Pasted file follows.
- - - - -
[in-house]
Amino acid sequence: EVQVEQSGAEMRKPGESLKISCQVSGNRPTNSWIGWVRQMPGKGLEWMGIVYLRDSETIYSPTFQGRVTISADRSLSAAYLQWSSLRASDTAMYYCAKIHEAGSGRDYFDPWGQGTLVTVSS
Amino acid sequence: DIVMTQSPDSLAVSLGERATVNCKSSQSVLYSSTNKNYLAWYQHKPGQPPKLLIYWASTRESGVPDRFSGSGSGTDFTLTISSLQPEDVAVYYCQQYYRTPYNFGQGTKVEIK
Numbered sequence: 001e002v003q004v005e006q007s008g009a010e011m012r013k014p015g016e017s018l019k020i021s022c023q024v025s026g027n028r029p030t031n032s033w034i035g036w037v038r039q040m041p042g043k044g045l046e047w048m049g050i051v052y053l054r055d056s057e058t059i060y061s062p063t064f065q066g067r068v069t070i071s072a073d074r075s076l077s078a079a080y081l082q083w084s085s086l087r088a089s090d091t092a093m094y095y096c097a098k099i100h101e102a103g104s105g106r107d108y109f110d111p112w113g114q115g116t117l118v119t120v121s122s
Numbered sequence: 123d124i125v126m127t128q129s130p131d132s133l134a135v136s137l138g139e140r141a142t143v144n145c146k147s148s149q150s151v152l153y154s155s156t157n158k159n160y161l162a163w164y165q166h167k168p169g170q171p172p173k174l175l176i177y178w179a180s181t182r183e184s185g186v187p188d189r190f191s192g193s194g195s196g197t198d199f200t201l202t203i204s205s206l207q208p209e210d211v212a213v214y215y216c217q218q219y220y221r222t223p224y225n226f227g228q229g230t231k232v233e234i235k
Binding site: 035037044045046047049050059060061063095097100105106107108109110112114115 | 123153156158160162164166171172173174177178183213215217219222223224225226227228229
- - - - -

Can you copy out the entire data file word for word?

[in-house]
Amino acid sequence: EVQVEQSGAEMRKPGESLKISCQVSGNRPTNSWIGWVRQMPGKGLEWMGIVYLRDSETIYSPTFQGRVTISADRSLSAAYLQWSSLRASDTAMYYCAKIHEAGSGRDYFDPWGQGTLVTVSS
Amino acid sequence: DIVMTQSPDSLAVSLGERATVNCKSSQSVLYSSTNKNYLAWYQHKPGQPPKLLIYWASTRESGVPDRFSGSGSGTDFTLTISSLQPEDVAVYYCQQYYRTPYNFGQGTKVEIK
Numbered sequence: 001e002v003q004v005e006q007s008g009a010e011m012r013k014p015g016e017s018l019k020i021s022c023q024v025s026g027n028r029p030t031n032s033w034i035g036w037v038r039q040m041p042g043k044g045l046e047w048m049g050i051v052y053l054r055d056s057e058t059i060y061s062p063t064f065q066g067r068v069t070i071s072a073d074r075s076l077s078a079a080y081l082q083w084s085s086l087r088a089s090d091t092a093m094y095y096c097a098k099i100h101e102a103g104s105g106r107d108y109f110d111p112w113g114q115g116t117l118v119t120v121s122s
Numbered sequence: 123d124i125v126m127t128q129s130p131d132s133l134a135v136s137l138g139e140r141a142t143v144n145c146k147s148s149q150s151v152l153y154s155s156t157n158k159n160y161l162a163w164y165q166h167k168p169g170q171p172p173k174l175l176i177y178w179a180s181t182r183e184s185g186v187p188d189r190f191s192g193s194g195s196g197t198d199f200t201l202t203i204s205s206l207q208p209e210d211v212a213v214y215y216c217q218q219y220y221r222t223p224y225n226f227g228q229g230t231k232v233e234i235k
Binding site: 035037044045046047049050059060061063095097100105106107108109110112114115 | 123153156158160162164166171172173174177178183213215217219222223224225226227228229